Photo: Mason & Smith

When lawyer and tailoring fan Mark Lee got married last December, he did so in a black kid-mohair tuxedo with lapels made of a matte silk grosgrain that had been specially sourced from Florence. However, the softly structured formal suit was not made by one of the established European houses that Mark is a long-time customer of, but by a South Korean tailor who, at the time, had started his business just two years ago.

In August 2020, Cheolmin Kim started his own bespoke tailoring brand, Maestoso, after returning to Seoul after training and apprenticing in Florence — one of Italy’s renowned tailoring hubs — for four and a half years. The Seoul native is also the first tailor that local men’s shoes specialist Mason & Smith is working with as part of its entry into the clothing world. Cutting a dapper figure in suits of his own making, complete with a luxuriant moustache, Cheolmin was recently in town for a trunk show hosted by the latter.

Maestoso's Cheolmin Kim does a fitting for a client.
Maestoso’s Cheolmin Kim does a fitting for a client during a trunk show at Mason & Smith. (Photo: Mason & Smith)

In fact, it was Mark who had a hand in connecting both parties. In 2021, Mark learnt of Cheolmin, thanks to a fellow sartorialist who had told him to check out the latter while he was on holiday in Seoul. There, Mark discovered that Cheolmin had trained under one of his regular tailors, Hojun Choi — who used to be a senior apprentice at famous Florentine tailoring house, Liverano & Liverano, before starting his own shop, Sartoria Salabianca, in Florence.

Comfortably yet smartly dressed in a Maestoso navy suit featuring the soft silhouette that is a hallmark of southern Italian tailoring, Mark tells us over tea, “When I met Cheolmin and saw his clothes, I thought they were really nice, and very similar to the suits that I get made in Florence. A friend and I got him to come to Singapore for his first trunk show (last February). We introduced Cheolmin to John (Chung, founder of Mason & Smith), who he’s now working with, which is great because it would be unsustainable if Cheolmin had to come to Singapore and do marketing on his own.”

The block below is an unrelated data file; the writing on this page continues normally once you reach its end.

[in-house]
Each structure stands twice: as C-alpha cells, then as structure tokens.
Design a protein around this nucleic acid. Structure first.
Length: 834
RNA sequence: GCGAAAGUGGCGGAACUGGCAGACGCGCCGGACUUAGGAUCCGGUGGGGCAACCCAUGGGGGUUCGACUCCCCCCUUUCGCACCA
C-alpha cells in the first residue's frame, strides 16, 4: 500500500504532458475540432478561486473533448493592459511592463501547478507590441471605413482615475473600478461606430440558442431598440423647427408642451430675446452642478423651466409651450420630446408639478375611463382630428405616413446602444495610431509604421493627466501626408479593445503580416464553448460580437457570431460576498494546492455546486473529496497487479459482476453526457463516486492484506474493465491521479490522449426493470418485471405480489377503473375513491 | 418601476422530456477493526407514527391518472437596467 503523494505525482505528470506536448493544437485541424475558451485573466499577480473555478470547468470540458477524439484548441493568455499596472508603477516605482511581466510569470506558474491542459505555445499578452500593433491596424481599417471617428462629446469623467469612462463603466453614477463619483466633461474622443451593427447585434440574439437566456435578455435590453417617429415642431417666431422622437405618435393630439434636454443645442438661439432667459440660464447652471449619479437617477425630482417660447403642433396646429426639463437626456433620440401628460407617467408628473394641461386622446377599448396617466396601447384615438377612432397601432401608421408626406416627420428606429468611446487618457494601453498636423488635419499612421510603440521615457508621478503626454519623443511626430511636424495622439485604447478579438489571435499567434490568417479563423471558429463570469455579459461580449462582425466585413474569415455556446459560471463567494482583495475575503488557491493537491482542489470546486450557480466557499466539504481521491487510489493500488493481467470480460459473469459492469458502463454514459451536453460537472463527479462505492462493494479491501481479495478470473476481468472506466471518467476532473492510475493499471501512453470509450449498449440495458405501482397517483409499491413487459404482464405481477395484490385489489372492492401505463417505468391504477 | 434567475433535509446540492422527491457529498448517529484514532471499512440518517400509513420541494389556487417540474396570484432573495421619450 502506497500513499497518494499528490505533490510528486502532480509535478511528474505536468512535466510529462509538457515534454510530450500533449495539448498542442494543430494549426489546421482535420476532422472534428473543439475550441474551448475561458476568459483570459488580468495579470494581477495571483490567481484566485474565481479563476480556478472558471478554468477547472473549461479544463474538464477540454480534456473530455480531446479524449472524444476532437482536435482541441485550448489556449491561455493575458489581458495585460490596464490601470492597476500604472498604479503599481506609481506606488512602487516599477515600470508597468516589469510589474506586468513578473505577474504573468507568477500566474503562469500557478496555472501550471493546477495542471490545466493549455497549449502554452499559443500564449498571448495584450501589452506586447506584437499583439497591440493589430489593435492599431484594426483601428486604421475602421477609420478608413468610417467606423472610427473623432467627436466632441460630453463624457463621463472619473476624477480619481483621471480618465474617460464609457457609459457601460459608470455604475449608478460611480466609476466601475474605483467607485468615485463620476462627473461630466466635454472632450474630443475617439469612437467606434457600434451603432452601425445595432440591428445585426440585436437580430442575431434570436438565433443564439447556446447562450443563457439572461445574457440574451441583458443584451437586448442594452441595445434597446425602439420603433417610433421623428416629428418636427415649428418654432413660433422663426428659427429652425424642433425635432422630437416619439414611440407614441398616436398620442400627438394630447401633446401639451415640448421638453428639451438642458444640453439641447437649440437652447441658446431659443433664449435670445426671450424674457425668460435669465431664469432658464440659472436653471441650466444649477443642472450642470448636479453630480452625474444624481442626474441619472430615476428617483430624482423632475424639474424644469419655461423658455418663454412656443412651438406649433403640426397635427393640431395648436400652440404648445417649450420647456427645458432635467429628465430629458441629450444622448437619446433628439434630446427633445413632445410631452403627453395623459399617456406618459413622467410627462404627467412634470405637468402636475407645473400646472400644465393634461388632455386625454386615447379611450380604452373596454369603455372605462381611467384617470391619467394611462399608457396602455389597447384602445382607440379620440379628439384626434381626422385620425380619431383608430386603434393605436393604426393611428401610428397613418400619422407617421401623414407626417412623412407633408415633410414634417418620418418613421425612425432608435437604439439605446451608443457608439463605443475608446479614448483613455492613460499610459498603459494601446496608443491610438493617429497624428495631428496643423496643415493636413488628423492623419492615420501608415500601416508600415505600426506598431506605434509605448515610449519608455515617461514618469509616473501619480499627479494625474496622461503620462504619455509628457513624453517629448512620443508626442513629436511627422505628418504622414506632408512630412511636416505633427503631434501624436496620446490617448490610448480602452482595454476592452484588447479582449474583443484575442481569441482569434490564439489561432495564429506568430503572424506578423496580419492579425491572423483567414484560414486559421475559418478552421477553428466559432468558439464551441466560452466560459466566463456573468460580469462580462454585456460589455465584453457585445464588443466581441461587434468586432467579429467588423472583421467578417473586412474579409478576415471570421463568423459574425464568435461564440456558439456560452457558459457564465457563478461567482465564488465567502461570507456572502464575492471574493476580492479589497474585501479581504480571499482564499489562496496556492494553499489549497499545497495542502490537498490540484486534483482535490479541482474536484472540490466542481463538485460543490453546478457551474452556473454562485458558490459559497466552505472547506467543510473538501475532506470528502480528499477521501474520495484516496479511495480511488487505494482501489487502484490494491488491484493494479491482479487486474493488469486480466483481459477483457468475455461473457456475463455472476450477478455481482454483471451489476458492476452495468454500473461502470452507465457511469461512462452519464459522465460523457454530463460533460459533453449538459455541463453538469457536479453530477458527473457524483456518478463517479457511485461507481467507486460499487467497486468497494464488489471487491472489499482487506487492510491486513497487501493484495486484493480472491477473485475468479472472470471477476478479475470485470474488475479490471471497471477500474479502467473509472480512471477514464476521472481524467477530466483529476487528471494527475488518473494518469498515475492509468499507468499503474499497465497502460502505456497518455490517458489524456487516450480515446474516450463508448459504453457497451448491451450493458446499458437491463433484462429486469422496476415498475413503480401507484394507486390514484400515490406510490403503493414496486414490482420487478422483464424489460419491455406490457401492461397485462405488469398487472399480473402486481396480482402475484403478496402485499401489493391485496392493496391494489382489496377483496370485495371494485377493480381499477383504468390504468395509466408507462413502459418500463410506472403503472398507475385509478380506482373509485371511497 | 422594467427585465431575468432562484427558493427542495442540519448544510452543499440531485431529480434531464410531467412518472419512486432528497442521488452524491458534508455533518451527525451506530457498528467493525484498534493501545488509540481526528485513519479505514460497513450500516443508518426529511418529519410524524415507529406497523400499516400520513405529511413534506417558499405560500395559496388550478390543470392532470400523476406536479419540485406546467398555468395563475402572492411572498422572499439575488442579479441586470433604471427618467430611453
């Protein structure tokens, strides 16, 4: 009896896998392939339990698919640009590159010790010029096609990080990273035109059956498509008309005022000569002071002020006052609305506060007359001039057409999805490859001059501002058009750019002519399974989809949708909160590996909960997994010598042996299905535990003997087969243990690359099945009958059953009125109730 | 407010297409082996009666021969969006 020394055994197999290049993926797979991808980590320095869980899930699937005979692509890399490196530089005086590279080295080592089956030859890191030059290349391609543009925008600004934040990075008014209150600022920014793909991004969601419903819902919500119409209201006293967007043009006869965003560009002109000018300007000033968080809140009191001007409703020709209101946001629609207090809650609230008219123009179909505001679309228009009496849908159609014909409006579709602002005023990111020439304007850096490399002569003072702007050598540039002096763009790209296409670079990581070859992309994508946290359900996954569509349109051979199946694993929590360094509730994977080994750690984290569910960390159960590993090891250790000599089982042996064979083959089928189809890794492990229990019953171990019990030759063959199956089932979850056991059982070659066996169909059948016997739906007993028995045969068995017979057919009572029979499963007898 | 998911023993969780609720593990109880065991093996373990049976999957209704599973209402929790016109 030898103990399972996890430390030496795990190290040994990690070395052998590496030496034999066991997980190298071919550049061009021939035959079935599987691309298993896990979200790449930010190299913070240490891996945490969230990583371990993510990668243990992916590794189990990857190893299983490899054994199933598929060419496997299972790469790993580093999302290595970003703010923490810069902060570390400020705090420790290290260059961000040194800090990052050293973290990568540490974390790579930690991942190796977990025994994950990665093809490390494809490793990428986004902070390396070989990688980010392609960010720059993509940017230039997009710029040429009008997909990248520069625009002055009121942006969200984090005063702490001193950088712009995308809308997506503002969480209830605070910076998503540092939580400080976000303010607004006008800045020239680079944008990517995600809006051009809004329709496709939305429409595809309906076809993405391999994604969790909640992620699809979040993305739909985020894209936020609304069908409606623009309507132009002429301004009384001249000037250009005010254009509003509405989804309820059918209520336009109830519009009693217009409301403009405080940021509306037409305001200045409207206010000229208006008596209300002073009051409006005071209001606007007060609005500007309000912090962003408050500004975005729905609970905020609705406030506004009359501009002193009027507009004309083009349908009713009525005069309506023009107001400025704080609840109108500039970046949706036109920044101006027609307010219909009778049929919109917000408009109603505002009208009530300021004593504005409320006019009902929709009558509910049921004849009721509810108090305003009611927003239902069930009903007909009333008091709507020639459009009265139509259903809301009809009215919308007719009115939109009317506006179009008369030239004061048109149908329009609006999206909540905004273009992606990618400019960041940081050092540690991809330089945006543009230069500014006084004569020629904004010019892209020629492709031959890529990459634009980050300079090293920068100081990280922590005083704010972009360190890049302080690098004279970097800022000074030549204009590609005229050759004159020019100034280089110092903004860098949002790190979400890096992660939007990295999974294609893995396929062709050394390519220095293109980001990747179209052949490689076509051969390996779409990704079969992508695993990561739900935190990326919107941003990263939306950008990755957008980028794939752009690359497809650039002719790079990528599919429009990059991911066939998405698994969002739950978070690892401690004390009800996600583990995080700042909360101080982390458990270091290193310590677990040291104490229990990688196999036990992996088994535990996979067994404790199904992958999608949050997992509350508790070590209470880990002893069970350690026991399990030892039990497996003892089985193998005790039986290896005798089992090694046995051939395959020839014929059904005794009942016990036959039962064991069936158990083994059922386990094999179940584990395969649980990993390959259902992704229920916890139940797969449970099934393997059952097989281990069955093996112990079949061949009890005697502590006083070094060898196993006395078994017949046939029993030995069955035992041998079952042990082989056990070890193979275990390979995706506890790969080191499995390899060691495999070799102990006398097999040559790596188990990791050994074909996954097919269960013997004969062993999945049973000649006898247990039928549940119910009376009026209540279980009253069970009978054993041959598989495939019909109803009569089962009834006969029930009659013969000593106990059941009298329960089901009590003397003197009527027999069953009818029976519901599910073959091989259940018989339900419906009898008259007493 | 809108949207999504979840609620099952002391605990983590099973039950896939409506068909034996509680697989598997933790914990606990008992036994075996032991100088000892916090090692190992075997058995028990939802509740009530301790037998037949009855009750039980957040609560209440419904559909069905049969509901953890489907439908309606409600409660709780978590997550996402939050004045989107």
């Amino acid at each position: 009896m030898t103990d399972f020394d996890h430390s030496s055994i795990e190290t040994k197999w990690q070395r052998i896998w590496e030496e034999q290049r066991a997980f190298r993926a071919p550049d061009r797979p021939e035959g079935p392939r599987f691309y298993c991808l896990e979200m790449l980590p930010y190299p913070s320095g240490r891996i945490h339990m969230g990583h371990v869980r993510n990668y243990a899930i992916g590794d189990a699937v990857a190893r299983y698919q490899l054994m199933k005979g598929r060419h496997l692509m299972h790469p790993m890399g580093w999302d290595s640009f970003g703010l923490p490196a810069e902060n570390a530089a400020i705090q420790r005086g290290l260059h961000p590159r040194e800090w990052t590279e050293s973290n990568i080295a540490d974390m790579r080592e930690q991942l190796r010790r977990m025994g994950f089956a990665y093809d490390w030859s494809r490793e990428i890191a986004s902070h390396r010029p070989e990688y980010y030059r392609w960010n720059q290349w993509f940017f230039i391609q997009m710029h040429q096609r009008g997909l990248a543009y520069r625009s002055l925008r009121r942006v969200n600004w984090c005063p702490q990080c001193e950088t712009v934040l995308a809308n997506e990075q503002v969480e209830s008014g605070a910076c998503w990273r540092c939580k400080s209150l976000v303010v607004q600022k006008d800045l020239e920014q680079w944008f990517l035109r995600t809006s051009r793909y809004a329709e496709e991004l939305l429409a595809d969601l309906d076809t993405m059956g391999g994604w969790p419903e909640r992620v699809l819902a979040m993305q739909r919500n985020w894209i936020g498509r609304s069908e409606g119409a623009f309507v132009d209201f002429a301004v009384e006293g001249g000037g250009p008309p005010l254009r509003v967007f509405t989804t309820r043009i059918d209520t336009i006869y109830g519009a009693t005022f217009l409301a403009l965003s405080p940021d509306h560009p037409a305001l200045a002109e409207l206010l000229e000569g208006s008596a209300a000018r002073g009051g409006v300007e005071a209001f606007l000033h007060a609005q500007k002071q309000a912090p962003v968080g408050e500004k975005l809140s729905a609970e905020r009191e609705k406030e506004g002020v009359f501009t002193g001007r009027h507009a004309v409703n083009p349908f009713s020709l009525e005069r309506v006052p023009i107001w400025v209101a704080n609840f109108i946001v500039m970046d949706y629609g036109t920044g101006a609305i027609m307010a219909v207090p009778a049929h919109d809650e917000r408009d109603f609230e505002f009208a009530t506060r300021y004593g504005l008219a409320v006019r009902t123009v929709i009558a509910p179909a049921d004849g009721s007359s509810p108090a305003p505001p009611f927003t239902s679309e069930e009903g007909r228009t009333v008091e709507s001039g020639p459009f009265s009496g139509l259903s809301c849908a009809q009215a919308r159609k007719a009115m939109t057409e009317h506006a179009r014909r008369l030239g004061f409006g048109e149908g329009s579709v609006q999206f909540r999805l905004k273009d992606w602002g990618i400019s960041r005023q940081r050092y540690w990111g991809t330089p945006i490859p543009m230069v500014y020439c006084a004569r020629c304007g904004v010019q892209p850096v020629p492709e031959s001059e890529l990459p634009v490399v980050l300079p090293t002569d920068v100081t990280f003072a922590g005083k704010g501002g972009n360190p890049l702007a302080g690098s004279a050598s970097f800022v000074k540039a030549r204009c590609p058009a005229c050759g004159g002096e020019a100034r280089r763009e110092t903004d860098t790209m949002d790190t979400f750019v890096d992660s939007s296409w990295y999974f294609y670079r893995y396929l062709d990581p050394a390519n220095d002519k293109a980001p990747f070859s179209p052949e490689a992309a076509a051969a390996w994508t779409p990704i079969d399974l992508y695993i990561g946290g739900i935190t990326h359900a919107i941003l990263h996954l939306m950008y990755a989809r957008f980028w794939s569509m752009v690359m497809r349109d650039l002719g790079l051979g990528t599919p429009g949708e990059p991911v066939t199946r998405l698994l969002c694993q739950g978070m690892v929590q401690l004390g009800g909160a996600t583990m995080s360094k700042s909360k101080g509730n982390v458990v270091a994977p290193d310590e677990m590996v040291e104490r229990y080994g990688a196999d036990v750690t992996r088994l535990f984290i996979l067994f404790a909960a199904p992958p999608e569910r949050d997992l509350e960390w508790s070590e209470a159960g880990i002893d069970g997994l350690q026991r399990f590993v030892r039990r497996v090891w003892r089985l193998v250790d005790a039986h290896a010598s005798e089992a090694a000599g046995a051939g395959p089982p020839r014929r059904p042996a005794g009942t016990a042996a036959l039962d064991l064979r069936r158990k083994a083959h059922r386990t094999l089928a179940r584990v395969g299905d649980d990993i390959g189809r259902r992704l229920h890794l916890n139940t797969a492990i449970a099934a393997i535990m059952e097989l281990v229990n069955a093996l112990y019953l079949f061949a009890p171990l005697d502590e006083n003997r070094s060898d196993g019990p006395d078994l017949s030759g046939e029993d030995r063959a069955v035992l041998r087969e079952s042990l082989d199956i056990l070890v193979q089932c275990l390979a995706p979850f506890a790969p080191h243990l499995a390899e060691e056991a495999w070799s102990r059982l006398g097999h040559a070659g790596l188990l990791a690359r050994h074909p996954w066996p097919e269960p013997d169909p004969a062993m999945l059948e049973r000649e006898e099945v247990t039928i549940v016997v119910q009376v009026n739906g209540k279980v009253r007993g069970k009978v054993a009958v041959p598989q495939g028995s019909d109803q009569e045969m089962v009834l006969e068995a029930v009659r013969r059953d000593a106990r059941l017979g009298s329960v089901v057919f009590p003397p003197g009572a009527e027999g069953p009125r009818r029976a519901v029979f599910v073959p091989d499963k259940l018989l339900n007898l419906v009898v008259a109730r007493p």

What makes Korean tailoring

Maestoso is just one of the Korean names that have been making their mark on the local tailoring scene in recent years. One of the forerunners of the Korean tailoring wave here is B&Tailor, whose trunk shows in Singapore have been hosted by menswear shop Last & Lapel since 2017. Established in 1967, B&Tailor is led by master tailor Jung-Yul Park and his sons, Chad and Changjin.

The Decorum Singapore brings in Assisi Bespoke House, a Seoul-based outfit founded in 2020 by Kim Min Soo, who is mostly self-taught but trained for a period in Milan. Benjamin Barker brings in Ascottage, a three-year-old tailoring brand co-founded by Geoffrey Shin, a London-trained Savile Row alum.

Contemplating what distinguishes Korean tailors, Charles Yap, owner of The Decorum Singapore, says, “Korean tailors, especially those who have been trained overseas, bring the best of both worlds. When you go to an Italian tailor, they craft a garment that’s very, well, Italian. There’s a certain flair, and they have an approach that’s more of an art than a science. The Koreans who have trained in the west take the best of what they have learnt there while adding a more characteristically Asian level of precision and attention.”

Kim Min Soo (right) and Hamin Kim of Assisi Bespoke House do a fitting for a client at The Decorum Singapore. (Photo: The Decorum Singapore)

Explaining why he started bringing in B&Tailor back in 2017, Last & Lapel owner Alvin Gan says, “I like their style. It is inspired by Florentine and Neapolitan styles, but they have made it their own. I’ve tried many tailors myself, and I think they’re one of the best in terms of their style, workmanship, and the way they work with others.” 

Among Asian tailors, the Japanese are also highly respected for their technical prowess and sartorial taste. However, they are seen as less inclined to travel out of Japan to engage with overseas audiences, partly because of a thriving domestic market. In South Korea, says Cheolmin, formal tailoring was trendy for several years, but that moment has now passed among mainstream audiences. This has made it imperative for him and his peers to venture beyond their own shores.

Social media and pop culture

Chad Park of B&Tailor. (Photo: Last & Lapel)

Local tailor Matthew Lai, owner of bespoke tailoring brand Kay-Jen, has observed an increased curiosity about Korean tailors among his own clients. He says, “My clients are mostly in their 30s to 40s. Some of them found me through Instagram, which is also how they know about other tailors worldwide. Some of them follow the tailors who come here for trunk shows, and they try them out and come to share their experiences with me.”